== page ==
1 february 2018
i will spare you the details, but after a year of hopelessly suffering my quickly degenerating web host i have decided to discontinue our collaboration - and spread the word: freewebs sucks!
which means that with immediate effect captain beefheart electricity will be flashing on at the new address
see you there, you're welcome...
FART AT PLAY !
saturday 08.04.72 AMSTERDAM holland CONCERTGEBOUW
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willem-jan martin - trouw - 10 april 1972
'NONSENSE MUSIC' AT BEEFHAERT'S CONCERT
note: don't mind the spelling error
Amsterdam – Saturday night at the Concertgebouw the second performance took place (Groningen had been programmed the day before) of Captain Beefheart (Don van Vliet) - who is one of the strangest personalities in contemporary music - and his five piece Magic Band, in which as the latest acquisition the former Zappa employee Roy Estrada. The latter, by the way, was in familiar company because his old colleagues Elliot Ingber (guitar) and Artie Tripp (drums) also were present. Operating under quite mysterious pseudonyms Beefheart had thought out, the gentlemen Rockette Morton (mark boston - t.t.) (bass) and Zoot Horn Rollo (bill harkleroad - t.t.) (guitar) were the remaining musicians.
As said, Beefheart is a remarkable person. A pioneering loner, a relentless, almost maniacal explorer of new forms and ways, which once had the blues as starting point. In the beginning the result of this search was very much orientated on that same blues and as such very understandable to everybody. However, that changed when the Captain took the idea that creative energy shouldn't be restricted by any fixed form or rule. To make music like a child was his credo and the result was a complete incomprehensible, monomaniacal pile of noise (the double elpee Trout Mask Replica).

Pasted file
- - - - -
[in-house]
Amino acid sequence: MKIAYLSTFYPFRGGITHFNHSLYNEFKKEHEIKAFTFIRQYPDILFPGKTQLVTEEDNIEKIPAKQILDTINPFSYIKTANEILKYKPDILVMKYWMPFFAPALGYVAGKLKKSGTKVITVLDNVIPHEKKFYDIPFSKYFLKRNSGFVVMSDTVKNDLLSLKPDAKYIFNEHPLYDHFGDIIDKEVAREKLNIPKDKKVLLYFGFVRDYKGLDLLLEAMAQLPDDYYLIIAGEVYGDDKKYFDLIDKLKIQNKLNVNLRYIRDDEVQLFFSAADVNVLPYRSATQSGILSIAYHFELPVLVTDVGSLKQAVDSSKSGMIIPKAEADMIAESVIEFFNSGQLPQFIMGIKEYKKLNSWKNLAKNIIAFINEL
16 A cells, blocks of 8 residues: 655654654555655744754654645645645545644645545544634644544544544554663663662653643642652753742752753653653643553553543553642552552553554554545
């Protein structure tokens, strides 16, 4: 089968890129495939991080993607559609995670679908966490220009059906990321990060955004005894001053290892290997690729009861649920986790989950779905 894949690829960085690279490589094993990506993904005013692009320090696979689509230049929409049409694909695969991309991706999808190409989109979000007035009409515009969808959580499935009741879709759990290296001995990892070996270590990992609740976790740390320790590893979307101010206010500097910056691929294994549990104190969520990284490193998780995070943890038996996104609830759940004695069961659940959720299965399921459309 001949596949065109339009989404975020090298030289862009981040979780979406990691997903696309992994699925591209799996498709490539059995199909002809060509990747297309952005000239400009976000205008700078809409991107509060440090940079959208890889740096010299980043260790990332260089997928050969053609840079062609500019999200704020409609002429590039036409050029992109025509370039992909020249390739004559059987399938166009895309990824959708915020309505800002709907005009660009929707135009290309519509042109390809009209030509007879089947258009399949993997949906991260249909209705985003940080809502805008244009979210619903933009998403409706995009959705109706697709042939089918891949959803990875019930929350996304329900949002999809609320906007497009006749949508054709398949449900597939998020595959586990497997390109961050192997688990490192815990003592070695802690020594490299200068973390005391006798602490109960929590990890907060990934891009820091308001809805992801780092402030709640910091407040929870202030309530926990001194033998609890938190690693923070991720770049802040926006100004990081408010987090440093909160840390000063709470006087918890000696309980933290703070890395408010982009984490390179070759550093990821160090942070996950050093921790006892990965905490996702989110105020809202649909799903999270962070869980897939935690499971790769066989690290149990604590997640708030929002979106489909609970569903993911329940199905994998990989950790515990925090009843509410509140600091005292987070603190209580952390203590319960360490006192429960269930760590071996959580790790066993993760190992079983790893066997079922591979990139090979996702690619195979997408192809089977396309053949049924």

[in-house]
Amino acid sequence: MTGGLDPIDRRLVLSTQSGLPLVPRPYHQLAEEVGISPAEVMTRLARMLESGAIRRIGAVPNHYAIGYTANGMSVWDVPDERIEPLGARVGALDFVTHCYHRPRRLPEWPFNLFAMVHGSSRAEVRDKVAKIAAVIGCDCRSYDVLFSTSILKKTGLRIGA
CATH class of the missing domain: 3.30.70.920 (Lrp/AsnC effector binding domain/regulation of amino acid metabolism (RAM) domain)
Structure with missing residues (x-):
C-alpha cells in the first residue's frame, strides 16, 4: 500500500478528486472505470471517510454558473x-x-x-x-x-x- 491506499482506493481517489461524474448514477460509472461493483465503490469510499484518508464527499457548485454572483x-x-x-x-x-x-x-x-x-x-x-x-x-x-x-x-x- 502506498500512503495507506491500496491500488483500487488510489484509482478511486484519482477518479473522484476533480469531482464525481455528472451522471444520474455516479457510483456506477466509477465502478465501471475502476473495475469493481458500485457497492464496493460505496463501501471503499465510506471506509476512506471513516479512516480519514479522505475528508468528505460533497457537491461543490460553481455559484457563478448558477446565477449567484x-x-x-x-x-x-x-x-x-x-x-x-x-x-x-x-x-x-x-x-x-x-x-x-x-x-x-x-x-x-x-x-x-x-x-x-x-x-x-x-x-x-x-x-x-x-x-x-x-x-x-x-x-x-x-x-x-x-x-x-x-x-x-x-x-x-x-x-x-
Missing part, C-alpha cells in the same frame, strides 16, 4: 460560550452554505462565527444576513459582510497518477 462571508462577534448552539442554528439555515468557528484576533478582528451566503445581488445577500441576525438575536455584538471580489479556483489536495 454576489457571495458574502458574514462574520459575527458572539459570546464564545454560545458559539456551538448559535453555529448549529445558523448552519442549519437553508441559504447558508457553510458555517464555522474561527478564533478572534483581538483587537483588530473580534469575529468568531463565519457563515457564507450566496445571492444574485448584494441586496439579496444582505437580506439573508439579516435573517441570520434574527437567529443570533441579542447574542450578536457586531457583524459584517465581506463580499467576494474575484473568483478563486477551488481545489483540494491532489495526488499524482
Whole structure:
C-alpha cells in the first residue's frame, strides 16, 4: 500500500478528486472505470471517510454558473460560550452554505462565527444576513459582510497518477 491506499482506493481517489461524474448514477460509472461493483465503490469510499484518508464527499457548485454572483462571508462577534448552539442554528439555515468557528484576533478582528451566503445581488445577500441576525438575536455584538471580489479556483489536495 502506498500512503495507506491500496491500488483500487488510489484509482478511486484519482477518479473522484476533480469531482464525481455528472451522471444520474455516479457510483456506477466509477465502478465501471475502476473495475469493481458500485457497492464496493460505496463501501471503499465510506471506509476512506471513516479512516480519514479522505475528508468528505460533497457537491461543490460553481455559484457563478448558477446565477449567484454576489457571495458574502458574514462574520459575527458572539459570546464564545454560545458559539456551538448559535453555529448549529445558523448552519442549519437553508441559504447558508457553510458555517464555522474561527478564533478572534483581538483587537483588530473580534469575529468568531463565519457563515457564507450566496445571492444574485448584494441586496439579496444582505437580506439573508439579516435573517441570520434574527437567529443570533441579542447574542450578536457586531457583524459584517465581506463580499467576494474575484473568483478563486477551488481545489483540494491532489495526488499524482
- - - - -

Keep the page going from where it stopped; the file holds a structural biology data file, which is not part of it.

Yet Beefheart rather returned to his roots again with the albums "Lick My Decals Off, Baby" and "The Spotlight Kid". Especially this last one: "The Spotlight Kid" contains a number of short, well defined songs with clearly audible blues and rock influences. Thus the performance could be faced with somewhat ambivalent expectations. This ambivalence has remained.
There was a clear distinction possible in the repertoire. On the one hand there was something like an extremely long duel of Beefheart on soprano sax and the anyway very competent drummer Art Tripp (alias Ed Marimba) which you couldn't make head or tail of ('spitball scalped a baby' - teejo), and the deafening loose fiddling about of some men in "Alice In Blunderland". On the other hand one could be a witness of the utterly fascinating growling sound of Beefheart in songs like "Click Clack", "I'm Gonna Booglarize You Baby" (both known from "The Spotlight Kid") and the very bluesy "Old Black Snake" (originally a john lee hooker song - teejo), which had a clearer structure and a better accessibility.
However, unfortunately these pieces also quite suffered from the sound equipment which hardly could handle the instrumental violence combined with the impressive timbre and volume of Beefheart, so that the listening pleasure - which already had received a pretty punch from the dose of nonsense music pointed out - was brought down even a bit further.
ART TRIPP ed marimba
which means it may not be published in whatever way without his permission
if you have plans to use it you can email me to get in touch with him
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captain beefheart electricity
as felt by teejo